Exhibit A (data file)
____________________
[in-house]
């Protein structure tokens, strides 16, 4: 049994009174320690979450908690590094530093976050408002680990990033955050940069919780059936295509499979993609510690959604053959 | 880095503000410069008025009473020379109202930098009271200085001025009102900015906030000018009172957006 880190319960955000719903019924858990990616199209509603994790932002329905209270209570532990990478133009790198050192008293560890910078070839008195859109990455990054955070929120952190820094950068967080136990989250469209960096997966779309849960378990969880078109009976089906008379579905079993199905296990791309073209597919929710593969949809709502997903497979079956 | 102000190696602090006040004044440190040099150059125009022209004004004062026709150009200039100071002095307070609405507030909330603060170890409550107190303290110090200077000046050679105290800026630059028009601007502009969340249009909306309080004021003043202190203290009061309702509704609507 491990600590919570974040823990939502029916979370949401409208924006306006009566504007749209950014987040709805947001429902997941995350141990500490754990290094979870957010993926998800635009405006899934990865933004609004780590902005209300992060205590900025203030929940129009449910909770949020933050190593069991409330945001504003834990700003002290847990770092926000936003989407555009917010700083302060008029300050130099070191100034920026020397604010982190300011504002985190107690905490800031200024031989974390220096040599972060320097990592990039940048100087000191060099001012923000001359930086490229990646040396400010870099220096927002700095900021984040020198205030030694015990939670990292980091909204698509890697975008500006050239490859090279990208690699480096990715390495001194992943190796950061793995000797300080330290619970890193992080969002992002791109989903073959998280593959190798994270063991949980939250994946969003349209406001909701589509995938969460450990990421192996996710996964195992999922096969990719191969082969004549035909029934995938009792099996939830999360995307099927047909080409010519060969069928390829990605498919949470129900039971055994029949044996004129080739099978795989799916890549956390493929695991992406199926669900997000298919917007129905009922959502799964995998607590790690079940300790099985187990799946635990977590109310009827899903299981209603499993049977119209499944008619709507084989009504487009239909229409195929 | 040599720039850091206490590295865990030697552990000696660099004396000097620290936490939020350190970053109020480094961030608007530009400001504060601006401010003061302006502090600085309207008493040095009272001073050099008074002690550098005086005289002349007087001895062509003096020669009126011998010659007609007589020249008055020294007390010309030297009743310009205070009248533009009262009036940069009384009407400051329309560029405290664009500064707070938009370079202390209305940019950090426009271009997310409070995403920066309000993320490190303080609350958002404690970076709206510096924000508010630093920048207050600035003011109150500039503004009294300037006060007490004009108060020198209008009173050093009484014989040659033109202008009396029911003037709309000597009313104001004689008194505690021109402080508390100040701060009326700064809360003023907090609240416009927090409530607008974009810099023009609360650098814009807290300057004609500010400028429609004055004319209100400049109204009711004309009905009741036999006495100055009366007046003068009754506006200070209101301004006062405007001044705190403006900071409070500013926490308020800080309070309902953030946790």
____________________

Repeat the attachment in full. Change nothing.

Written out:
[in-house]
């Protein structure tokens, strides 16, 4: 049994009174320690979450908690590094530093976050408002680990990033955050940069919780059936295509499979993609510690959604053959 | 880095503000410069008025009473020379109202930098009271200085001025009102900015906030000018009172957006 880190319960955000719903019924858990990616199209509603994790932002329905209270209570532990990478133009790198050192008293560890910078070839008195859109990455990054955070929120952190820094950068967080136990989250469209960096997966779309849960378990969880078109009976089906008379579905079993199905296990791309073209597919929710593969949809709502997903497979079956 | 102000190696602090006040004044440190040099150059125009022209004004004062026709150009200039100071002095307070609405507030909330603060170890409550107190303290110090200077000046050679105290800026630059028009601007502009969340249009909306309080004021003043202190203290009061309702509704609507 491990600590919570974040823990939502029916979370949401409208924006306006009566504007749209950014987040709805947001429902997941995350141990500490754990290094979870957010993926998800635009405006899934990865933004609004780590902005209300992060205590900025203030929940129009449910909770949020933050190593069991409330945001504003834990700003002290847990770092926000936003989407555009917010700083302060008029300050130099070191100034920026020397604010982190300011504002985190107690905490800031200024031989974390220096040599972060320097990592990039940048100087000191060099001012923000001359930086490229990646040396400010870099220096927002700095900021984040020198205030030694015990939670990292980091909204698509890697975008500006050239490859090279990208690699480096990715390495001194992943190796950061793995000797300080330290619970890193992080969002992002791109989903073959998280593959190798994270063991949980939250994946969003349209406001909701589509995938969460450990990421192996996710996964195992999922096969990719191969082969004549035909029934995938009792099996939830999360995307099927047909080409010519060969069928390829990605498919949470129900039971055994029949044996004129080739099978795989799916890549956390493929695991992406199926669900997000298919917007129905009922959502799964995998607590790690079940300790099985187990799946635990977590109310009827899903299981209603499993049977119209499944008619709507084989009504487009239909229409195929 | 040599720039850091206490590295865990030697552990000696660099004396000097620290936490939020350190970053109020480094961030608007530009400001504060601006401010003061302006502090600085309207008493040095009272001073050099008074002690550098005086005289002349007087001895062509003096020669009126011998010659007609007589020249008055020294007390010309030297009743310009205070009248533009009262009036940069009384009407400051329309560029405290664009500064707070938009370079202390209305940019950090426009271009997310409070995403920066309000993320490190303080609350958002404690970076709206510096924000508010630093920048207050600035003011109150500039503004009294300037006060007490004009108060020198209008009173050093009484014989040659033109202008009396029911003037709309000597009313104001004689008194505690021109402080508390100040701060009326700064809360003023907090609240416009927090409530607008974009810099023009609360650098814009807290300057004609500010400028429609004055004319209100400049109204009711004309009905009741036999006495100055009366007046003068009754506006200070209101301004006062405007001044705190403006900071409070500013926490308020800080309070309902953030946790």